Temporary expositions

This exhibit is dedicated to the temporary exhibitions which last 3 months and are not accessed for free. It's 90 m long and has an area of 1800 m². The first exhibition was about the Renaissance and The Virgin and Child with St. Anne and the second one is dedicated to Rubens.[24]

Reserves and backstage

The Museum, in order to show that a museum is a living place, is also equipped with a fully digital space dedicating to explain what the visitors can't usually see: The Backstage. In there, enclosed to the reserves, the visitors can watch employees testimonies about how a piece is processed before being shown to the public as well as the unknown stories about some masterpieces of the museums by using touch screens. On the other side of the window, the visitors can admire the masterpieces stored in the Reserves as well as the ones which are actually restaured by the staff.[25]

Inauguration, opening and visitors

On Dec 4, 2012, eight years after Jean-Pierre Raffarin chose Lens as the location for the new museum, President François Hollande, alongside first lady Valérie Trierweiler, the Minister of Culture Aurélie Filippetti, the director of Le Louvre Henri Loyrette, the mayor of Lens Guy Delcourt, previous prime ministers Lionel Jospin and Pierre Mauroy officially inaugurated the Louvre-Lens.[26]

The following weekend, the Museum welcomed its first visitors; three weeks after the opening, the Museum welcomed its 100,000th visitor.[27] On May 2013, during Long Night of Museums 2013, 500,000 visitors viewed the masterpieces displayed in the Louvre-Lens Museum.[28]

While 700,000 visitors were optimistically expected for the first year (when admission was free), in the end that year's tally was approximately 900,000.[29]

Unfortunately, on Feb 7 2013, a woman vandalized a major masterpiece of the Museum, Liberty Guiding the People, writing "AE911" on it with a black marker, possibly a reference to a group calling itself "Architects & Engineers for 9/11 Truth".[30] The painting has been fully restored.

See also




  1. "Google Maps (Louvre Palace to Louvre Lens)". detail-online.com. Archived from the original on 14 January 2013.
  2. 1 2 "Integrative Transparency: Louvre-Lens by SANAA". Archived from the original on 14 January 2013. Retrieved 11 June 2016.
  3. 1 2 3 Jonathan Price (16 May 2013). "Louvre lands on a coal mine". MuseumZero.
  4. 1 2 Doland, Angela (13 December 2009). "A propos du Louvre Lens - Louvre-Lens". The Washington Post.
  5. "Opening of Louvre Abu Dhabi pushed back to 2016". The National (Abu Dhabi). 4 October 2015. Retrieved 5 Nov 2015.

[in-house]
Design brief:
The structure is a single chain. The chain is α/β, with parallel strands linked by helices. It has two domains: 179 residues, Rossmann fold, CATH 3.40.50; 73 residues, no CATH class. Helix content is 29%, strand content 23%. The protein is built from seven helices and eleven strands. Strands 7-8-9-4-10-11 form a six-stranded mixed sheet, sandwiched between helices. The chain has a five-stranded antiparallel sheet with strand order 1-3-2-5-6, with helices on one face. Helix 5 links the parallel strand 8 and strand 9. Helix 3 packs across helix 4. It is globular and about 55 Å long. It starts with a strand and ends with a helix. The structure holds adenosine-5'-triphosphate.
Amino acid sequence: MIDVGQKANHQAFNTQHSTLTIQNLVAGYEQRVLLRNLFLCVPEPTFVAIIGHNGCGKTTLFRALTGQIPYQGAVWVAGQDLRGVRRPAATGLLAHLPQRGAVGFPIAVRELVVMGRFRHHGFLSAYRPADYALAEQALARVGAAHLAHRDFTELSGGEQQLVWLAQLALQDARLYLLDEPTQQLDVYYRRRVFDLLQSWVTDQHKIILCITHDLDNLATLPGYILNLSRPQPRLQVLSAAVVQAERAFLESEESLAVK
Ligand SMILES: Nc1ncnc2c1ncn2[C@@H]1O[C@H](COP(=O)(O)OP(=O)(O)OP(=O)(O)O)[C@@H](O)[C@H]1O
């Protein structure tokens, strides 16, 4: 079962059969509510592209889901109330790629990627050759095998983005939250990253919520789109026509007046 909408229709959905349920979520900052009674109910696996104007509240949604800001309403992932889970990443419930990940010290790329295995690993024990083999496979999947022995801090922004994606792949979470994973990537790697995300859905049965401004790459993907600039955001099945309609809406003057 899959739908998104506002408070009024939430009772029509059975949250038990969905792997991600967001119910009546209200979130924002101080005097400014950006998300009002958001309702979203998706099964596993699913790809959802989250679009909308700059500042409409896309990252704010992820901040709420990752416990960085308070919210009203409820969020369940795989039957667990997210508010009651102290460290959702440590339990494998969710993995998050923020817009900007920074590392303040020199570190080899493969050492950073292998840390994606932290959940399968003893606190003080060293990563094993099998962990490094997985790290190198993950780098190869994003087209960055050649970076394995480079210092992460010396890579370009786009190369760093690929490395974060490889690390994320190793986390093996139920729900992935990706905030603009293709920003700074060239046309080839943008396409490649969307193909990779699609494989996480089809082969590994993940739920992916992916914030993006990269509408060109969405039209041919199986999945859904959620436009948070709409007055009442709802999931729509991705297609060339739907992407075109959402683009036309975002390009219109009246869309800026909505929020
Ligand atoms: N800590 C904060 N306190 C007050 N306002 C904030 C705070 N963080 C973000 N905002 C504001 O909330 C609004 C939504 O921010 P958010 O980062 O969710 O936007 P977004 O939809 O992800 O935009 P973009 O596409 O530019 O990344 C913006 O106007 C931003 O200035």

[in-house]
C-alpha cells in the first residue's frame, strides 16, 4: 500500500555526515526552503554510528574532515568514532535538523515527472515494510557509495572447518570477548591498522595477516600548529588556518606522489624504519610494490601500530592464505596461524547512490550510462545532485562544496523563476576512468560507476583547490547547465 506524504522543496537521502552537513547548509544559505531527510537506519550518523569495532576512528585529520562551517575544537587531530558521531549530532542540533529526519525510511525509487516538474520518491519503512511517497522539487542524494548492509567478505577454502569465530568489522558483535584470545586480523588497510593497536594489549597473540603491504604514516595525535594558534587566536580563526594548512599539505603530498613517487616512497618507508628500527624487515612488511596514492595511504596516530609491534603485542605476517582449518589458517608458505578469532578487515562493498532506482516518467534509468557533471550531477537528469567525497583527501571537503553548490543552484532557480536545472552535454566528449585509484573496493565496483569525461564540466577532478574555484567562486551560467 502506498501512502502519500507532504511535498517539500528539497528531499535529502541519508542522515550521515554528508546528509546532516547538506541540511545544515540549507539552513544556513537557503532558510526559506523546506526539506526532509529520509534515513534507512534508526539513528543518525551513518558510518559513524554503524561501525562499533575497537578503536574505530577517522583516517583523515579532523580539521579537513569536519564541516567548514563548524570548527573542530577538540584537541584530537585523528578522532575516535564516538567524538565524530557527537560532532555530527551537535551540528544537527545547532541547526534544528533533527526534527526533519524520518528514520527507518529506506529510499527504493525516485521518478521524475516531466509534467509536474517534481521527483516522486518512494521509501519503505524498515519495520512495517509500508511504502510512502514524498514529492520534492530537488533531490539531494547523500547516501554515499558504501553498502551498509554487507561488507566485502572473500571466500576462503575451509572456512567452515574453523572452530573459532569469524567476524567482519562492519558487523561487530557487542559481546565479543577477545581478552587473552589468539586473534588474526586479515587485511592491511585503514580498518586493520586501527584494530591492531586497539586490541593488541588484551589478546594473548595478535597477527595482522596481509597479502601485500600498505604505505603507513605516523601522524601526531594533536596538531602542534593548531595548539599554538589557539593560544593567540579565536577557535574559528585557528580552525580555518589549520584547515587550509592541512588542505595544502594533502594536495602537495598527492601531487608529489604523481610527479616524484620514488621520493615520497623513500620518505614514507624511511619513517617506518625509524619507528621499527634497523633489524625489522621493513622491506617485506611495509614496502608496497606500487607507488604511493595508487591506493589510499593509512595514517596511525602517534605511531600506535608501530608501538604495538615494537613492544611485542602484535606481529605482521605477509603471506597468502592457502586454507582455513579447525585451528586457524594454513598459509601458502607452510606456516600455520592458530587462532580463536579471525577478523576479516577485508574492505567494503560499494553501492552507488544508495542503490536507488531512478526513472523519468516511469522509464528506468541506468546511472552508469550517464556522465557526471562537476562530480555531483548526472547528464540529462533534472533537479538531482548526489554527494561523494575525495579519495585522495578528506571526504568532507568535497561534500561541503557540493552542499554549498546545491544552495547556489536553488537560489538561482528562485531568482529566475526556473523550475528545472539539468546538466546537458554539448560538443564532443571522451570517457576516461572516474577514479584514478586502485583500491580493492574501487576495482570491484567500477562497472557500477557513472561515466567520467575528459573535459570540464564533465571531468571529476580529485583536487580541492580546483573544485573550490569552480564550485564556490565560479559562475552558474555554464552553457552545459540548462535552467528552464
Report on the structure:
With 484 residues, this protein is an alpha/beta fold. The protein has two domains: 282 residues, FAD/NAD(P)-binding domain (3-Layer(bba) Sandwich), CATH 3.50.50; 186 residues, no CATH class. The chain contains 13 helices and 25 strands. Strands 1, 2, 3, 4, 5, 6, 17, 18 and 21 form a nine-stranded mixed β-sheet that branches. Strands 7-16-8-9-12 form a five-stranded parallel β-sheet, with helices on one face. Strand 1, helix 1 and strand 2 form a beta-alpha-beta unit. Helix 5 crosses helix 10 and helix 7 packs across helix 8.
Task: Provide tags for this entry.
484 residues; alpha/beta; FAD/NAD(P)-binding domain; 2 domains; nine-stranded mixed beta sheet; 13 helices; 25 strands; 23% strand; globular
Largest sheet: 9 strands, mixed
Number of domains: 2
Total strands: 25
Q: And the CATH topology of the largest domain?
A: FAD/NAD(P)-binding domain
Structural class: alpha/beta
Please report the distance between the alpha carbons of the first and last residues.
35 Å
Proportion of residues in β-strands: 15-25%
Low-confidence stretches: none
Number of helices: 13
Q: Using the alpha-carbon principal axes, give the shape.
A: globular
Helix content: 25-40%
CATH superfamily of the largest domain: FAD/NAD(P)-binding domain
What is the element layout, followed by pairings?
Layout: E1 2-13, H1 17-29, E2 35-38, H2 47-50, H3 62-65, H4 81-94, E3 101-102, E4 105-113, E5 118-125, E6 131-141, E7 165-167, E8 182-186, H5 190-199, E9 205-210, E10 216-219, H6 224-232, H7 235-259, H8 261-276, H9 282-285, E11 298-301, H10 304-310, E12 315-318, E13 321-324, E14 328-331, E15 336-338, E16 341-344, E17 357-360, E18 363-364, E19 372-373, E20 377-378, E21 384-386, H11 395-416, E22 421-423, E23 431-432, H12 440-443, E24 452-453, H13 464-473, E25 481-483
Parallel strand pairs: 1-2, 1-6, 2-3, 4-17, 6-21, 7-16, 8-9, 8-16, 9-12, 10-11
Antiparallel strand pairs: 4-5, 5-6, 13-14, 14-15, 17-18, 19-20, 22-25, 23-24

6. 1 2 3 "Art through a Lens: Louvre opens museum branch in run-down French mining town". Daily Mail. London. 6 December 2012.
  7. "Google Map of Stade Ballaert-Delelis".
  8. 1 2 Thomas Adamson (4 December 2012). "Louvre comes to poor French city, raising eyebrows". Associated Press.
  9. Witold Rybczynski (September 2002). "The Bilbao Effect". The Atlantic.
  10. 1 2 Kriston Capps (14 December 2012). "With the Louvre-Lens, a Curtain Call for the Bilbao Effect". City Lab, The Atlantic.
  11. Deane Madsen (12 December 2012). "The Louvre-Lens Opens Today". Architect Magazine.
  12. 1 2 3 Karissa Rosenfield (29 December 2012). "Louvre Lens / SANAA". archdaily.com.
  13. "Canadian National Vimy Memorial". Veterans Affairs Canada.
  14. "Lens, France to Canadian National Vimy Memorial". Google maps.
  15. "Musée Louvre-Lens". Travel.michelin.com. Retrieved 11 June 2016.
  16. 1 2 Eva Bjerring (16 May 2013). "Musée Louvre-Lens - SANAA". Arcspace.com.
  17. "Gallery of Time". Retrieved 11 June 2016.
  18. Ellis Woodman (12 December 2012). "Louvre Lens by Sanaa".
  19. "Louvre Lens by SANAA and Imrey Culbert". Dezeen.com. 4 December 2012. Retrieved 11 June 2016.
  20. "Louvre-Lens blueprint". Retrieved 11 June 2016.
  21. "Diagram basis". Archived from the original on 3 November 2013.
  22. "Le Hall d'accueil - Louvre-Lens". Louvrelens.fr. Retrieved 11 June 2016.
  23. "The Grand Galerie - Louvre-Lens". Louvrelens.fr. Retrieved 11 June 2016.
  24. "Rubens et l'Europe - Louvre-Lens". Archived from the original on 8 Mar 2013. Retrieved 11 June 2016.
  25. "Behind the scenes at the museum - Museum backstage - Louvre-Lens". Louvrelens.fr. Retrieved 11 June 2016.
  26. "Lens inaugure son musée du Louvre". France24. 4 December 2012.
  27. http://www.lemonde.fr/culture/article/2012/12/28/succes-pour-le-louvre-lens-trois-semaines-apres-son-inauguration_1811241_3246.html
  28. "Succès pour le Louvre-Lens, trois semaines après son inauguration". Lemonde.fr. 28 Dec 2012. Retrieved 11 June 2016.
  29. Agence France-Presse, E.M. "Le Louvre-Lens a un an : déjà 900 000 visiteurs". France 3 Nord-Pas-de-Calais. Retrieved 1 December 2013.
  30. "Woman scrawls 9/11 graffiti over Delacroix masterpiece in Louvre-Lens". En.rfi.fr. 8 February 2013. Retrieved 11 June 2016.
  31. Iselin Claire. "Royal head, known as the "Head of Hammurabi"". Louvre.fr. Retrieved June 11, 2016.
  32. Baratte Sophie. "The Abduction of Deianira". Louvre.fr. Retrieved June 11, 2016.